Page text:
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Hand slide on blind change, front pirouette

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Geoffrey Taucer

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I've been looking at pirouetting giants, and I've noticed that I do something on my blind changes and pirouettes that I've never seen anybody else do.

When I do blind changes/pirouettes, I slide my hand (the one that remains on the bar) over, so that I finish with my hands in the same place they started, just facing the other way. With everybody else I've seen doing these skills, the hand that stays on the bar remains in the same spot, so the pirouette travels a foot or so to the side. I remember when I was learning these skills, and I remember that they instantly became easier and cleaner when I started doing the hand slide, though it's not something I was ever actually taught to do; I just did it one day and suddenly my blind changes were easier and cleaner.

My question is whether there are any particular reasons against teaching pirouettes and blinds this way? Is there a deduction for it? Are there any higher-level skills that blinds and pirouettes build towards which would be adversely effected by this hand slide?
 

Rick McCharles

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Feb 21, 2007
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Calgary, Canada
sliding a hand is good technique

I spend a lot of time on sliding the hand with beginners on blind change. Both boys and girls. It's good technique.

Forward pirouette is easier and the hand slide is less important. I still like it, but wait until the kids are more advanced before adding the slide.

Practically, it keeps you better centered on the bar.

This would make a good coaching article.
 

ACoach78

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Feb 22, 2007
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I've been looking at pirouetting giants, and I've noticed that I do something on my blind changes and pirouettes that I've never seen anybody else do.

When I do blind changes/pirouettes, I slide my hand (the one that remains on the bar) over, so that I finish with my hands in the same place they started, just facing the other way. With everybody else I've seen doing these skills, the hand that stays on the bar remains in the same spot, so the pirouette travels a foot or so to the side. I remember when I was learning these skills, and I remember that they instantly became easier and cleaner when I started doing the hand slide, though it's not something I was ever actually taught to do; I just did it one day and suddenly my blind changes were easier and cleaner.

My question is whether there are any particular reasons against teaching pirouettes and blinds this way? Is there a deduction for it? Are there any higher-level skills that blinds and pirouettes build towards which would be adversely effected by this hand slide?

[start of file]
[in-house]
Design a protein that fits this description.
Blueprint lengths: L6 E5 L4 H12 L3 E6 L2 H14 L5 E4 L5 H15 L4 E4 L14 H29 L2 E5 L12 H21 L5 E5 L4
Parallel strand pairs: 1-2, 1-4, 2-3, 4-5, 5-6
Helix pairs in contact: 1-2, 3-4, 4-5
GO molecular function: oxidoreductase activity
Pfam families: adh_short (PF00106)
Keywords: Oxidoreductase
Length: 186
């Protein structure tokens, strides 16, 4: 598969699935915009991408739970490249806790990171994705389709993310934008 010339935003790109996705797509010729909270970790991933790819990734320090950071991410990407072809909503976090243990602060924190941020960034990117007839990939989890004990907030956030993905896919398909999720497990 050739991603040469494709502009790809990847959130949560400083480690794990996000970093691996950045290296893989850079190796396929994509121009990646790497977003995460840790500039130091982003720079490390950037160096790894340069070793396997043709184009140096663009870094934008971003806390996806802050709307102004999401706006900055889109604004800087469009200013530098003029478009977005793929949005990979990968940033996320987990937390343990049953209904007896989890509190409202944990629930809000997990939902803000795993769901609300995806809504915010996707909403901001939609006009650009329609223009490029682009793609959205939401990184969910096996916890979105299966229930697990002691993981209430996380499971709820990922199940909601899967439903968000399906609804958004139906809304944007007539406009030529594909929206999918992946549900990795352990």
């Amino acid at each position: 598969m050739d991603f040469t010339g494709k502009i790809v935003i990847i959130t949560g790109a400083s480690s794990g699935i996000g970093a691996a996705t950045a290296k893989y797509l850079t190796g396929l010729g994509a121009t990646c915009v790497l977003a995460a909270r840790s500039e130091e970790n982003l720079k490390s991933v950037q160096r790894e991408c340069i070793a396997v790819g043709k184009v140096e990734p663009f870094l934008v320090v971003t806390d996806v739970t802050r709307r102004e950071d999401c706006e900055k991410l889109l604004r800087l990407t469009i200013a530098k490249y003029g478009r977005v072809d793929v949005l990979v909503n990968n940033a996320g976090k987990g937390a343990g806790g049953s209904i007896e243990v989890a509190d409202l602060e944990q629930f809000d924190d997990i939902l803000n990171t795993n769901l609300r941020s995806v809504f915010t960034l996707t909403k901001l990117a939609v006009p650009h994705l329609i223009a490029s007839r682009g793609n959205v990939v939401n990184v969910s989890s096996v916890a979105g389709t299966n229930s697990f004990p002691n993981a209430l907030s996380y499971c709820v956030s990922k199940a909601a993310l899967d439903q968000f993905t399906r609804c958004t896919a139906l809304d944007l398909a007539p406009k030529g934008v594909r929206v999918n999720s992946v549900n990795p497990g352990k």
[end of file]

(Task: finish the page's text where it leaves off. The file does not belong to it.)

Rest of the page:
You must not have watched a lot of women's gymnastics closely. A lot of girls slide the hand in as it makes the turn a lot easier. This is particularly important for girls performing the Dawes (1 1/2). If they don't slide that hand closer, they'll run out of room as they are walking down the bar. Guys don't really do much "walking down the bar" in their routines and that's probably why you have never really seen anyone do it.
 

lannamavity

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Sep 13, 2007
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I've always taught girls to slide thier post arm in. It's pretty standard in WAG...as stated above, a girl would have to jump to the end of the bar to start a pirouette sequence. Part of the problem is that uneven bar rails don't have the kind of bounce a high bar has along the sides, so girls need to do their best to stay toward the middle.
 

Geoffrey Taucer

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I guess I haven't really paid much attention in watching it done by female gymnasts; most of the time when I see these skills and atually pay attention to the technique, it's at boys JO meets.

Good to hear I've been doing it right :D
 
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hammy

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I always moved my post arm (arm that doesn't come off the bar) over while swinging down into my blind change. I also found that it makes the blind change easier.
 

Geoffrey Taucer

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Interesting -- if this is universally considered to be correct technique, I wonder why I was never specifically taught to do this, and why I almost never see other guys doing it.
 
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BlairBob

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Geoff, if you go to USAG and watch those videos of on the road to the Olympics, you'll see both the Hamms using the sliding hand technique in their swing 1/2 turns and so on when they were around 10 years old and levels 5-7.
 
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